Opinion & Analysis

Does public support for EU defence cooperation give a mandate for costly integration?

Opinion polling suggests a majority of EU citizens support increased defence cooperation. But does this give a robust mandate for further integration? Drawing on a new study, Matthias Mader, Moritz Neubert, Felix Münchow, Stephanie C. Hofmann and Harald Schoen show that public opinion can change significantly when the costs associated with cooperation are made clear.

The Russian aggression against Ukraine that began two years ago had far-reaching ramifications. Among others, it engendered a renewed discussion around security and defence cooperation in Europe. There have been many appeals to increase European cooperation and small movement in that direction, but no significant steps towards deepening integration. Overall, the reaction seems to correspond to a well-known pattern, where political actors at the EU and national levels repeatedly call for further integration but do not follow through. Security and defence remains one of the least integrated policy areas in the European Union.

Political actors might hesitate to take further integration steps because they fear a public backlash. However, public opinion polls consistently show strong support for more security and defence cooperation. The latest Eurobarometer survey on this topic shows as much as 80% of respondents support increased defence cooperation and 77% support a coordinated purchase of military equipment. Accordingly, one might wonder why policymakers do not push for more cooperation. After all, defence and security integration speaks to geopolitical circumstances and enjoys the public’s backing. Thus, policymakers seem to enjoy a clear mandate for further integration.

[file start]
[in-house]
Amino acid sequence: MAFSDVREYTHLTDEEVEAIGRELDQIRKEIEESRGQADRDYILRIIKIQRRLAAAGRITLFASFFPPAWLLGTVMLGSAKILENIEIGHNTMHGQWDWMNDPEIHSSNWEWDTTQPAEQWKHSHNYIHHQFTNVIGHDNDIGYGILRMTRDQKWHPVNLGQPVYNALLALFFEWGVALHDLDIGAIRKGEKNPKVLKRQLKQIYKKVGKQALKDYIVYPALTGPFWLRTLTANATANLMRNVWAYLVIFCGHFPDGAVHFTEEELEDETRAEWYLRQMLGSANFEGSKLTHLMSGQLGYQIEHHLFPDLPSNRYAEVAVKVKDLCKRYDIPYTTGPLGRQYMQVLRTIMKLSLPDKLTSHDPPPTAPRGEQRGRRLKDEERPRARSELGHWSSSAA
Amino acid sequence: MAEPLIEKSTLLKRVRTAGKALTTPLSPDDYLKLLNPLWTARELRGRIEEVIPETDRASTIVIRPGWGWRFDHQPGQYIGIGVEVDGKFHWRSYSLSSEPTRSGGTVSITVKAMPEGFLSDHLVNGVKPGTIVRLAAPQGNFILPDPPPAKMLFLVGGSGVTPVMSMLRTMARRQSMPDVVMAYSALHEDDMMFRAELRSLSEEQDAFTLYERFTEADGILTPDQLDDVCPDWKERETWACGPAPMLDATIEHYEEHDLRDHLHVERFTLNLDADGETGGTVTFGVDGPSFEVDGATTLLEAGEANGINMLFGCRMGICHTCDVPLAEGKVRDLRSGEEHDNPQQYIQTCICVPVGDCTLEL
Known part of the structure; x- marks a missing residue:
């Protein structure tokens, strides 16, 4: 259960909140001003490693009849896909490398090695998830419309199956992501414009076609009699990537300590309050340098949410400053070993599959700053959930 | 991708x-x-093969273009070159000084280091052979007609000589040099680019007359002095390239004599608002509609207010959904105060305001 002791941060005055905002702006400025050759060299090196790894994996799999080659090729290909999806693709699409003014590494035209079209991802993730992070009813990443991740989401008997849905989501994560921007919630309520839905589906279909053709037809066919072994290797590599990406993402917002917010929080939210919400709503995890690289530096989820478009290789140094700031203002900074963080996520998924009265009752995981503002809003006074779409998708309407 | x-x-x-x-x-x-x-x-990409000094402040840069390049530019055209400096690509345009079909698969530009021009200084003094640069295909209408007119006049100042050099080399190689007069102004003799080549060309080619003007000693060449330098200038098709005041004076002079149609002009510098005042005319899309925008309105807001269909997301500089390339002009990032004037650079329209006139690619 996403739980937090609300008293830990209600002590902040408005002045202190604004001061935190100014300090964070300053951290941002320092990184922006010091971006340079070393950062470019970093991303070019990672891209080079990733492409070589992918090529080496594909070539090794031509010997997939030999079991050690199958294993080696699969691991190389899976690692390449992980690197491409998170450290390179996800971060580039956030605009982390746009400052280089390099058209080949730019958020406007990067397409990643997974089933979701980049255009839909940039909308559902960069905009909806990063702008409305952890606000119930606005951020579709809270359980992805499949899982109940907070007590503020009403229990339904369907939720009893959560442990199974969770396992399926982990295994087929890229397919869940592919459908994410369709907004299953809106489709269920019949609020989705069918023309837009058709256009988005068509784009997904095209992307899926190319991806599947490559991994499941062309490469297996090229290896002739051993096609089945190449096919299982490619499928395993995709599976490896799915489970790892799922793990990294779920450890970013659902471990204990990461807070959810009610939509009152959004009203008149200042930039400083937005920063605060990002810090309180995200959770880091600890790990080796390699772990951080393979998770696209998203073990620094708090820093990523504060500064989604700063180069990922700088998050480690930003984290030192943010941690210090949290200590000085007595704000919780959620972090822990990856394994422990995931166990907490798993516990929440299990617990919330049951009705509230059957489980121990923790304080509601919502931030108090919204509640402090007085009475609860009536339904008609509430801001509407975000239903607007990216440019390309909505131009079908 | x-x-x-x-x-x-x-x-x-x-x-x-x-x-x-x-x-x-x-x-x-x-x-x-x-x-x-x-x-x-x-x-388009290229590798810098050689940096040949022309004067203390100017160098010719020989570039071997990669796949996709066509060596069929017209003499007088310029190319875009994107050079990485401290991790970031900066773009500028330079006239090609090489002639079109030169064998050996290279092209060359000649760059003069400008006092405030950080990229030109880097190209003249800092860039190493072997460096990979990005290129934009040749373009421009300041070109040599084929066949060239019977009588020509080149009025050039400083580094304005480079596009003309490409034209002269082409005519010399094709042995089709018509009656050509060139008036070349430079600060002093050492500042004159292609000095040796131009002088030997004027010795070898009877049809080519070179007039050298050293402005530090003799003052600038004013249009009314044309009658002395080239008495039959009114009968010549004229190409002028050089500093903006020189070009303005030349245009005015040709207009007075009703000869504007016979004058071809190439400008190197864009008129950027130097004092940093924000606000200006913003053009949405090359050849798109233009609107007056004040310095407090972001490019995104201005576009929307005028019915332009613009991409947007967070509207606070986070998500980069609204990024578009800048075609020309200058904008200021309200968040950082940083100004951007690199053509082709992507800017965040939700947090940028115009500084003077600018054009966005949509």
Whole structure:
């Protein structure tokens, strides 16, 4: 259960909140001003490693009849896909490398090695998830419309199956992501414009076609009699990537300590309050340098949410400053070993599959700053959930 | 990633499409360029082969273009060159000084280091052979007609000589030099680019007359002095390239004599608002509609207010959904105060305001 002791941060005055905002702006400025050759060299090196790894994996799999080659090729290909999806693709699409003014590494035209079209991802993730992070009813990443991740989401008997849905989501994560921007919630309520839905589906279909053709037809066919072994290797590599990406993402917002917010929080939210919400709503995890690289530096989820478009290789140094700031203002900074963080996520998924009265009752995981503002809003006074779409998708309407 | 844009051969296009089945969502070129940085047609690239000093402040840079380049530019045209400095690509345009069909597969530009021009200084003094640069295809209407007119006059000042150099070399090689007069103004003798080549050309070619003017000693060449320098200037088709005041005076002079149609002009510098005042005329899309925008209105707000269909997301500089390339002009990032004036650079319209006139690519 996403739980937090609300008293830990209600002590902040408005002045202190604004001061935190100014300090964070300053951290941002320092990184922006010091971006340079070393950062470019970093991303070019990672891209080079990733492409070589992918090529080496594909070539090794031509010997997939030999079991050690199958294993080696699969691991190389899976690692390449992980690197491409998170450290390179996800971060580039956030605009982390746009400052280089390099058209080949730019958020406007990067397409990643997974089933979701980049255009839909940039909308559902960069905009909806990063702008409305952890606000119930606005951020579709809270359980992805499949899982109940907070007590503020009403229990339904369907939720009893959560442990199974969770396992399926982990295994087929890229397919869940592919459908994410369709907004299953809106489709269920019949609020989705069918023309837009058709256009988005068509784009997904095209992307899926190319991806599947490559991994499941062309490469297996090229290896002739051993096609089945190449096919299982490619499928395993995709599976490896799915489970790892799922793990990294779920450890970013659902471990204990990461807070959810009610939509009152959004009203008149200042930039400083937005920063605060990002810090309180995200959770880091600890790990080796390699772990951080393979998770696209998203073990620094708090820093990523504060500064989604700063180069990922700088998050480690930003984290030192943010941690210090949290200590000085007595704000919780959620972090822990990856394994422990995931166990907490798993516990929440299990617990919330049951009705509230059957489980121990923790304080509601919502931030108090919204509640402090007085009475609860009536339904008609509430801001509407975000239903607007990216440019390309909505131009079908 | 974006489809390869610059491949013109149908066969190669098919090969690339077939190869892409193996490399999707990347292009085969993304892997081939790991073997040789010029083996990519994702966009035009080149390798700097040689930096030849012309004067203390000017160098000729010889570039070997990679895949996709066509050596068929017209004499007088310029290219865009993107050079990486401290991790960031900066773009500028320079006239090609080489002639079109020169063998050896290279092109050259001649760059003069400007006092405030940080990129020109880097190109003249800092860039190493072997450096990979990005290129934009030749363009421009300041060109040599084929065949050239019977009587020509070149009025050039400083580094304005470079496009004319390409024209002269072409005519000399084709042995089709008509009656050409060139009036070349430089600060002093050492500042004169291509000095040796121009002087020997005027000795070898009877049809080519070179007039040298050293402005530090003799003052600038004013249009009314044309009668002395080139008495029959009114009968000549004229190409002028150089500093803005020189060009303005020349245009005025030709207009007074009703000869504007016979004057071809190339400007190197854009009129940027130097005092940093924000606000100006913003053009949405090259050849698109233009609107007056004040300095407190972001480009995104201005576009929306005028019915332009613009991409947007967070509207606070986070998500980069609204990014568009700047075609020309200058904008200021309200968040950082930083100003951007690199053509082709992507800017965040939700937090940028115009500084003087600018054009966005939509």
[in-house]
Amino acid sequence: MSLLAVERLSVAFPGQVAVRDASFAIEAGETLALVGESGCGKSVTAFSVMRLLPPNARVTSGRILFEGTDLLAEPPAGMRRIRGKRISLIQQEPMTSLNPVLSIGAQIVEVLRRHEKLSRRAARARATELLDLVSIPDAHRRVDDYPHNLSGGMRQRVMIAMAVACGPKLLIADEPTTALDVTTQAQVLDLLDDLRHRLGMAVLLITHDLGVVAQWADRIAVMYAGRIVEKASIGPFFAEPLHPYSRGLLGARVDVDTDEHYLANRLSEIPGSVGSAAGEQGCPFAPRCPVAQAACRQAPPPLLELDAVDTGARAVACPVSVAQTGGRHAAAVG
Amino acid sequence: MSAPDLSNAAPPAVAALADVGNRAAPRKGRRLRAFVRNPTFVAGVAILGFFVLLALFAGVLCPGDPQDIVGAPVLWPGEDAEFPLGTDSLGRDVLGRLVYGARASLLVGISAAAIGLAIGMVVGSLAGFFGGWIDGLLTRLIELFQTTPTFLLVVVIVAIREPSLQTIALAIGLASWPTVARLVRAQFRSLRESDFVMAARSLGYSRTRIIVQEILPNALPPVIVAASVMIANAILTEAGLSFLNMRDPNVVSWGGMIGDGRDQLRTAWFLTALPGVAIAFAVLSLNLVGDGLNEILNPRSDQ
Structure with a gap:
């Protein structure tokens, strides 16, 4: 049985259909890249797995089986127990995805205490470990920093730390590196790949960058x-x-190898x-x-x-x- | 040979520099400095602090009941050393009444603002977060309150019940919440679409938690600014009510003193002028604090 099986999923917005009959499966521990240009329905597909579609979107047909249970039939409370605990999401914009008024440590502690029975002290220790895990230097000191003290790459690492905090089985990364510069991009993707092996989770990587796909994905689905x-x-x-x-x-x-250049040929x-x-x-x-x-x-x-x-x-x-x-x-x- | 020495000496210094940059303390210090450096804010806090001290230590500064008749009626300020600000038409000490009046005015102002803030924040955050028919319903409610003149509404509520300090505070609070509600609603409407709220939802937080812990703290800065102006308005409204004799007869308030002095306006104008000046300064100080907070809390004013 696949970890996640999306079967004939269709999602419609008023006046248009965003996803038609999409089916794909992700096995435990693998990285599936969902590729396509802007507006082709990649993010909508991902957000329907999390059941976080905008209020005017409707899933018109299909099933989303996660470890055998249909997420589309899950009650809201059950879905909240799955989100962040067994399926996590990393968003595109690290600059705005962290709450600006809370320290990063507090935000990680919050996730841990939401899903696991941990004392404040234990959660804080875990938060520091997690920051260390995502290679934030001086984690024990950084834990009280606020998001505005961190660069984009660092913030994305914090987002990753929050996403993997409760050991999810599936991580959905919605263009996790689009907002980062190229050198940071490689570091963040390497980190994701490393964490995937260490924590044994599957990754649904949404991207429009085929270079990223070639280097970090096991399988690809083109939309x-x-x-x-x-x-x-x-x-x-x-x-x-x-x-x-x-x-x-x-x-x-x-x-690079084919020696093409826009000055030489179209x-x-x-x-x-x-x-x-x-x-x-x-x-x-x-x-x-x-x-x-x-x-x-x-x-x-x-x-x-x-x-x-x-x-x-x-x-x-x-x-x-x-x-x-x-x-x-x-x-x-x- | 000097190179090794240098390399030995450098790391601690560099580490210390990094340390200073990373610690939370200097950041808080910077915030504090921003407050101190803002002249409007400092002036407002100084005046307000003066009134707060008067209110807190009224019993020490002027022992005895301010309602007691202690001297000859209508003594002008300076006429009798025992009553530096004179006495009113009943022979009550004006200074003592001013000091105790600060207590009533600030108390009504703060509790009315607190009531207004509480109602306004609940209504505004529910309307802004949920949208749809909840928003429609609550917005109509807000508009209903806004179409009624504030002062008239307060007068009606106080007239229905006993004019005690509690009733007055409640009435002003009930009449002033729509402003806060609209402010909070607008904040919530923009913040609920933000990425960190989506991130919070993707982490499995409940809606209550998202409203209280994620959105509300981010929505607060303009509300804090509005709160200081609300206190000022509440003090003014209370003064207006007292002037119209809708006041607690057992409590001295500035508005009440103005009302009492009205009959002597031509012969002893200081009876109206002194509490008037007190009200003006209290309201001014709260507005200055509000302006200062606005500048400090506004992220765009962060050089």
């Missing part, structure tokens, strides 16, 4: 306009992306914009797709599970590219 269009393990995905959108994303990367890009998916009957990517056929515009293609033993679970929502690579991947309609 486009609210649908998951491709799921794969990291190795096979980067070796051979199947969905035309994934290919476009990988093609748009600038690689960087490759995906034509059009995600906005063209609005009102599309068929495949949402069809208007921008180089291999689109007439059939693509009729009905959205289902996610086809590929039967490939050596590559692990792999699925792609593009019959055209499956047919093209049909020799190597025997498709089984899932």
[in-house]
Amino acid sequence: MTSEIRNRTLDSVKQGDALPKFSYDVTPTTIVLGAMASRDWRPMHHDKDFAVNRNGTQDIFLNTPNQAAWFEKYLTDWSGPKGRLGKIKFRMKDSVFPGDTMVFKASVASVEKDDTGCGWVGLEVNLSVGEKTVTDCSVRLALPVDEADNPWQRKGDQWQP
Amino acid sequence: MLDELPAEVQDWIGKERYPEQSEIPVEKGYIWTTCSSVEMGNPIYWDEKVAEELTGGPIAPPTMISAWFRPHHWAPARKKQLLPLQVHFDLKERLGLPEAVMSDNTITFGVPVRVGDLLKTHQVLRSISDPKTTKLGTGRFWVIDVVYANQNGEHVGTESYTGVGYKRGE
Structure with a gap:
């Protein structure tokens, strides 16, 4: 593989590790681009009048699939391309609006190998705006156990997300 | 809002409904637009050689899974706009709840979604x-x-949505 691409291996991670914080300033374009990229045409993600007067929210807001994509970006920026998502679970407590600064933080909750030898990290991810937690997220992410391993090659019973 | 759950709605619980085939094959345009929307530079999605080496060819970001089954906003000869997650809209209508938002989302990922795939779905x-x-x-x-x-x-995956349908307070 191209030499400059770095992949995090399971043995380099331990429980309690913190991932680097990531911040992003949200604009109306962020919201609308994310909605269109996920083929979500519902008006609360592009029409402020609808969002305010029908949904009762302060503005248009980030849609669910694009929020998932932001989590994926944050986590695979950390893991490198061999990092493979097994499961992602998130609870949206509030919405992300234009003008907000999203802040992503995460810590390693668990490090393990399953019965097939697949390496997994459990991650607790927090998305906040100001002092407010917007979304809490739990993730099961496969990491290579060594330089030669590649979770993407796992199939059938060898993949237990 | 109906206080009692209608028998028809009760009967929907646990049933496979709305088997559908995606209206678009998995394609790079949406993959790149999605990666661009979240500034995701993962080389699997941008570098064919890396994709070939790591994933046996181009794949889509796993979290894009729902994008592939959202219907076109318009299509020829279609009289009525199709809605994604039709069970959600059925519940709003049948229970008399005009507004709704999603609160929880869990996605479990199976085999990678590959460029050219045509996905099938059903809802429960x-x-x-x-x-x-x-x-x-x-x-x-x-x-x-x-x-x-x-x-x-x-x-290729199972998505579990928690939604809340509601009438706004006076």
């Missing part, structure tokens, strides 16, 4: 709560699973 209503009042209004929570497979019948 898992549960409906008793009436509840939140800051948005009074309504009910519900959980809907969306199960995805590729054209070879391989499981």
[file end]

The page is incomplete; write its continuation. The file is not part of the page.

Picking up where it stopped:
At the same time, existing research is divided over the robustness of the public’s support. Some argue that these high levels of support reflect real public demands. Accordingly, policymakers interested in deepening cooperation should not fear Eurosceptic politicisation strategies. Others suspect that public opinion on these issues is somewhat superficial as citizens may not be fully aware of the consequences associated with these policies. There is, then, room for political entrepreneurs to create opposition by raising the negative implications. In short, whether or not public support should be seen as a clear-cut mandate for policymakers remains unclear.

About the Authors

Matthias Mader is an Associate Professor for International Politics at the University of Konstanz.

Moritz Neubert is a Research Assistant at the University of Mannheim.

Felix Münchow is a PhD Candidate at the University of Mannheim.

Stephanie C. Hofmann is a Professor and Joint Chair in International Relations at the European University Institute.

Harald Schoen is a Professor of Political Science at the University of Mannheim.

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